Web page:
Saturday, December 04, 2004

Update on UK law

Well, looks like somebody is at last realising that UK laws are skewed in favour of housebreakers rather than the householder. Metropolitan Police Commissioner Sir John Stevens, the UK's most senior police officer, has said that householders should be able to use whatever force is necessary to defend themselves against intruders, even if it means killing them. And about time, too, if you ask me!

Apparently, a householder who defends his/her home and family should only be prosecuted only in "extreme circumstances" (like if there's an armed burglar in the house?) and if it can be proved that they used "gratuitous violence" (like armed burglars do?). Well, at least somebody in authority has actually SAID it, which I guess is a step in the right direction.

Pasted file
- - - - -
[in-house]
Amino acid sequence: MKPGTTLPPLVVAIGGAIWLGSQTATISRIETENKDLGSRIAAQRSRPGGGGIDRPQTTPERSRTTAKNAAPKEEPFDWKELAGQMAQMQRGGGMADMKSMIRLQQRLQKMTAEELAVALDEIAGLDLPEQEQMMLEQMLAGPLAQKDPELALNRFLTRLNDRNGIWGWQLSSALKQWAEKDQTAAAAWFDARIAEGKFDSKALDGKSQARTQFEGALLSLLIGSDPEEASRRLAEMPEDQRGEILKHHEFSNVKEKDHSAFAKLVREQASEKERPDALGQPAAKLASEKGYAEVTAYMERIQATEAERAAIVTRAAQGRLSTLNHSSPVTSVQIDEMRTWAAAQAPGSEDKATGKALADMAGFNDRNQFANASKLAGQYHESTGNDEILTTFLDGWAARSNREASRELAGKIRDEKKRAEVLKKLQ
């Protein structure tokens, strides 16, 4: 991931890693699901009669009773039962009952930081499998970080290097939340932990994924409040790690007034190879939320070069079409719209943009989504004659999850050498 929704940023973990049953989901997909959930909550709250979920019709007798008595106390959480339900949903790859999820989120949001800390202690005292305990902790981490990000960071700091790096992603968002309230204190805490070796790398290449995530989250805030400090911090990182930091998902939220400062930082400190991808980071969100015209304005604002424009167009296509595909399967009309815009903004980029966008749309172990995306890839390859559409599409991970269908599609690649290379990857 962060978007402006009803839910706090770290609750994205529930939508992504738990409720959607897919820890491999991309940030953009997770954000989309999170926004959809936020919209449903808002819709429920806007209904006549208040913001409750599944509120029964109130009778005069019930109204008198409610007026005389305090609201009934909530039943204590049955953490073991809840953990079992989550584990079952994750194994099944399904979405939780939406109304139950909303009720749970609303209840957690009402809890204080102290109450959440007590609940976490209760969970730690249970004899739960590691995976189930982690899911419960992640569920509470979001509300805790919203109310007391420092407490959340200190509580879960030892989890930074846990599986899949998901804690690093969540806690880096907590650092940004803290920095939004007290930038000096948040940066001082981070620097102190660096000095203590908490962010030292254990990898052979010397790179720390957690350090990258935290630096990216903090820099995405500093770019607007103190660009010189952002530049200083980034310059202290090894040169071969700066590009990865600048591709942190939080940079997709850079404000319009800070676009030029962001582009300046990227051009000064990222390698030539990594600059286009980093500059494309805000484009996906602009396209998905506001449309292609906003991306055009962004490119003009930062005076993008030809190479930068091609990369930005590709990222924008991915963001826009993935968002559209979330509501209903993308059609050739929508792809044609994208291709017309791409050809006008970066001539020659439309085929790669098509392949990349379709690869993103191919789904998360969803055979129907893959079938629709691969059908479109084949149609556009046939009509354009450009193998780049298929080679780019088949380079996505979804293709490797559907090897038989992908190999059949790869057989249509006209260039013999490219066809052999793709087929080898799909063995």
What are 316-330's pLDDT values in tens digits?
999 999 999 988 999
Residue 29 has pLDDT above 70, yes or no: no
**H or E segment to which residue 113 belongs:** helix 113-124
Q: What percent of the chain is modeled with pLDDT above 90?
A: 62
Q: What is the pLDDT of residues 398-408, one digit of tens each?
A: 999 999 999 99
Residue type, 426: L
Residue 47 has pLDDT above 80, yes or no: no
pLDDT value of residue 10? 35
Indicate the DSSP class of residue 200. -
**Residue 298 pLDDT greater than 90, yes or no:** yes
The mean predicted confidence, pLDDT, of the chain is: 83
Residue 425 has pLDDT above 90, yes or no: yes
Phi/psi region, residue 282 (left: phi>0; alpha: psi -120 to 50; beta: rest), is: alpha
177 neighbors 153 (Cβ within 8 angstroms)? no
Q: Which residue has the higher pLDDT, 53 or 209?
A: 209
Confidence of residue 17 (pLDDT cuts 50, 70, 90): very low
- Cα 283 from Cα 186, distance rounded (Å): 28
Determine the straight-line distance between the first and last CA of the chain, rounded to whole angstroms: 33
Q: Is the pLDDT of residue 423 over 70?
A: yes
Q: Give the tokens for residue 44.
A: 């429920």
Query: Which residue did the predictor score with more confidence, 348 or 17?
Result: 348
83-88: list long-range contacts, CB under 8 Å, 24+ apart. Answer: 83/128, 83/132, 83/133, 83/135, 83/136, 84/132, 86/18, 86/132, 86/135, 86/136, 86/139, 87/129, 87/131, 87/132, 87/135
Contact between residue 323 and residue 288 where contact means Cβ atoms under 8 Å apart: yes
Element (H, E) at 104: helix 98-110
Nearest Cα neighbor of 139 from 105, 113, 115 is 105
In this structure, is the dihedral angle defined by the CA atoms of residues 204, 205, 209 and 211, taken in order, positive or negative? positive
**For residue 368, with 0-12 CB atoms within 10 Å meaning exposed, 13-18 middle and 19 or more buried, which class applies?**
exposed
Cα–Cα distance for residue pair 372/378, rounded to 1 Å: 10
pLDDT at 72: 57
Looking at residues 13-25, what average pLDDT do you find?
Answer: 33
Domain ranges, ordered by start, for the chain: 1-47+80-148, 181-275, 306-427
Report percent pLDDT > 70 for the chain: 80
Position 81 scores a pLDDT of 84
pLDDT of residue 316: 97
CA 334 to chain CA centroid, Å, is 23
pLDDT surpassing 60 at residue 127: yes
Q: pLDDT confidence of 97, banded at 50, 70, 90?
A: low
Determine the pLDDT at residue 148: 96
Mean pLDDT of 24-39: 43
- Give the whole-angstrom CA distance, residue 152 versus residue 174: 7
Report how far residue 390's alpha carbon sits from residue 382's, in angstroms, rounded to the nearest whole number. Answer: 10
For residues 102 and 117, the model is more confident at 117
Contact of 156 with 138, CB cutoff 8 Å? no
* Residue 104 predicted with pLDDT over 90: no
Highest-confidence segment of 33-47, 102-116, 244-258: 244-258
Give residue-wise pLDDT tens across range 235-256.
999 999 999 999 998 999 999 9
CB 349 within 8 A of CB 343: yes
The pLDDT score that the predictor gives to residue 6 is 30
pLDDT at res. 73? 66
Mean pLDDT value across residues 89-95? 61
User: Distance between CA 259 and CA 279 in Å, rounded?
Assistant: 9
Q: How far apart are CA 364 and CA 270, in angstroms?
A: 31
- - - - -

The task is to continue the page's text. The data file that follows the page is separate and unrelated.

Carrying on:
Said Sir John in The Daily Telegraph: "My own view is that people should be allowed to use what force is necessary and that they should be allowed to do so without any risk of prosecution."

Very commendable of Sir John, I'm sure... but why couldnt he have said this - AND done something about implementing it - earlier in his tenure instead of a month or so before he retires? Yep, that's right - he retires in February 2005. Evidently that's why he has suddenly discovered the gaping hole in the law... because now it will be up to his successor to actually do something about it.

I know, I KNOW... it's a really cynical attitude (and I'm talking about me, not Sir John) but politicians anywhere raise my hackles, I'm afraid.

3 comments:

Harish said...

I jus heard Tony Martin heave a sigh of relief! :)

Shyam said...

Yeah... and Tony Martin probably also shed a tear that he had to spend three years in jail unnecessarily... :)

hari said...

Hi Shyam,
Is house-breaking and daylight burglary prevalent in UK too. I thought it to be a vocation only in India and other developing countries